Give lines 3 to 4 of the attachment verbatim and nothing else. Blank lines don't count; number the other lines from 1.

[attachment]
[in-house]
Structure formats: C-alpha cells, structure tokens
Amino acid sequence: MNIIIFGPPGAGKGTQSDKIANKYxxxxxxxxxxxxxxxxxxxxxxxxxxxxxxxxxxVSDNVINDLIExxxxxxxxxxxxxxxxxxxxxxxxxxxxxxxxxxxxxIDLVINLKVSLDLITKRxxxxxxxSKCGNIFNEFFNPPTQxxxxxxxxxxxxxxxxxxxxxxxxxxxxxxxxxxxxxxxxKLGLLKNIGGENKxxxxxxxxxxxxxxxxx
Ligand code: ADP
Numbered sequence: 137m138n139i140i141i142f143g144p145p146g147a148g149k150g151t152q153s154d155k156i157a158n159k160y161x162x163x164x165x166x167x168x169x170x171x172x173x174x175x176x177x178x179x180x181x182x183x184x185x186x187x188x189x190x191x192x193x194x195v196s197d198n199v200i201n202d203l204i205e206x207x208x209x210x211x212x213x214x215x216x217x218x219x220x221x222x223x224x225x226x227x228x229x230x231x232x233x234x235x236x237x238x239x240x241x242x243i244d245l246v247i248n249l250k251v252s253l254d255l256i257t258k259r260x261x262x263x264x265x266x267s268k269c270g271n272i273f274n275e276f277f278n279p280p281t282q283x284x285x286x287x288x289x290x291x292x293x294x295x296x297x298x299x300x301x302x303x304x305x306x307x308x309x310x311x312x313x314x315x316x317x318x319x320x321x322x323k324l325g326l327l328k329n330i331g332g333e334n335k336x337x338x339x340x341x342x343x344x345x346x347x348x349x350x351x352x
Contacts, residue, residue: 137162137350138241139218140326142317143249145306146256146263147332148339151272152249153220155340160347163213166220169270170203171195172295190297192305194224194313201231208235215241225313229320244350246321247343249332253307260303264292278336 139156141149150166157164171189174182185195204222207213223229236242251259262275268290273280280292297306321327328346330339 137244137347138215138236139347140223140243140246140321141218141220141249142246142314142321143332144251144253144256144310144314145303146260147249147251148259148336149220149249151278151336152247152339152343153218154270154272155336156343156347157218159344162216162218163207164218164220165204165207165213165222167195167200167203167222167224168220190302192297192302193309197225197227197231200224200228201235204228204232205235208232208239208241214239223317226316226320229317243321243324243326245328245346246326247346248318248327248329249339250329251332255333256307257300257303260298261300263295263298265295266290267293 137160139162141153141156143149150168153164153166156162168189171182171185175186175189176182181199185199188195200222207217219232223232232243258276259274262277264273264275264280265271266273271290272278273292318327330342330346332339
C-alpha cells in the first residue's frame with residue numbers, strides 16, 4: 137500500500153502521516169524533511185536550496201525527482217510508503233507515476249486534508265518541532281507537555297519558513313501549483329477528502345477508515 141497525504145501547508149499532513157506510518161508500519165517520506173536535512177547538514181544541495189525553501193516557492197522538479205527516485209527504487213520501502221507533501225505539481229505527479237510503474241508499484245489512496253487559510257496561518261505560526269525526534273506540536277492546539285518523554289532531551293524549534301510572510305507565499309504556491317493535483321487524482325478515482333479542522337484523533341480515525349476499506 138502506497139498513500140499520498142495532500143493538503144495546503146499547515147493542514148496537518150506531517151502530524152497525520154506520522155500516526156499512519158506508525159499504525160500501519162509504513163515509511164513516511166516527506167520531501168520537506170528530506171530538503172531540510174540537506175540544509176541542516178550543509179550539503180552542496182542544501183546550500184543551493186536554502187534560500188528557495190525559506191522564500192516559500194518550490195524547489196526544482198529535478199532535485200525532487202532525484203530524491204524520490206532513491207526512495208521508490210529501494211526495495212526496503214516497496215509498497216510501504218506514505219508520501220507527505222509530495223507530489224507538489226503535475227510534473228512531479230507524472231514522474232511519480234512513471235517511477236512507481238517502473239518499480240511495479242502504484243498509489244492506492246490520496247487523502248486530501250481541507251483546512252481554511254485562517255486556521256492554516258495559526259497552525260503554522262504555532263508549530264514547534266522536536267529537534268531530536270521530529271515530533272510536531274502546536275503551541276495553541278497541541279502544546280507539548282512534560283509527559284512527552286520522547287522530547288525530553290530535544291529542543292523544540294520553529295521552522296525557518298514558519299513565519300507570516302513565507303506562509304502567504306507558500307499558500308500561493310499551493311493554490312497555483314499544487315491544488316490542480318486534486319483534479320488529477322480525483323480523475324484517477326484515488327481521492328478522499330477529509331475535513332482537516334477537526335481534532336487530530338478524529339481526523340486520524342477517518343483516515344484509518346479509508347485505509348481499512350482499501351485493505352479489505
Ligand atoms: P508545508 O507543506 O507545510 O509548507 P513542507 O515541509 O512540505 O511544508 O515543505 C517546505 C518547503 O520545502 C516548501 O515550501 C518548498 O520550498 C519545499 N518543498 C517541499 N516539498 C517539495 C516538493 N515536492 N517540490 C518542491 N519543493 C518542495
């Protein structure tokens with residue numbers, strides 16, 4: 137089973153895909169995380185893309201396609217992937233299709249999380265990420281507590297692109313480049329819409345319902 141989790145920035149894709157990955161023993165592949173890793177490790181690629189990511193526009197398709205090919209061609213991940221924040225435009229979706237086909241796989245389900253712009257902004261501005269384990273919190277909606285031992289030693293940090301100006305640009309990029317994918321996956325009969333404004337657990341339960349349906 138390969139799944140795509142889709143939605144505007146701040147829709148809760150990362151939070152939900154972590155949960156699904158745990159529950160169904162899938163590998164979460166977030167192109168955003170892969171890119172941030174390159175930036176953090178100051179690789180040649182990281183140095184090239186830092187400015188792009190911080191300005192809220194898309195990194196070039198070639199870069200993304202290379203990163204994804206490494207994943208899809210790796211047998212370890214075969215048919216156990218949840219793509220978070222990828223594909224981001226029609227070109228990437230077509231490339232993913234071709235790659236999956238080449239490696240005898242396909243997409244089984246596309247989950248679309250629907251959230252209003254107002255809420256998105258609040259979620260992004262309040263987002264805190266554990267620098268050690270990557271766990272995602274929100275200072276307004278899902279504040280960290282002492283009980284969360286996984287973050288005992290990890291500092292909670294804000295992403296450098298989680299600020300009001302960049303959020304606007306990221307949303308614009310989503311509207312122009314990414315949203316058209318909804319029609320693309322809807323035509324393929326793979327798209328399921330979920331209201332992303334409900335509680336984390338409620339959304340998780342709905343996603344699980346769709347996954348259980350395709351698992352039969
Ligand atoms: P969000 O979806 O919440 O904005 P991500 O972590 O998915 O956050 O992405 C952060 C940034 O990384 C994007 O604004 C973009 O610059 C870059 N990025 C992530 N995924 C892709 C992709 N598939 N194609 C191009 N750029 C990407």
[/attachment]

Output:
Amino acid sequence: MNIIIFGPPGAGKGTQSDKIANKYxxxxxxxxxxxxxxxxxxxxxxxxxxxxxxxxxxVSDNVINDLIExxxxxxxxxxxxxxxxxxxxxxxxxxxxxxxxxxxxxIDLVINLKVSLDLITKRxxxxxxxSKCGNIFNEFFNPPTQxxxxxxxxxxxxxxxxxxxxxxxxxxxxxxxxxxxxxxxxKLGLLKNIGGENKxxxxxxxxxxxxxxxxx
Ligand code: ADP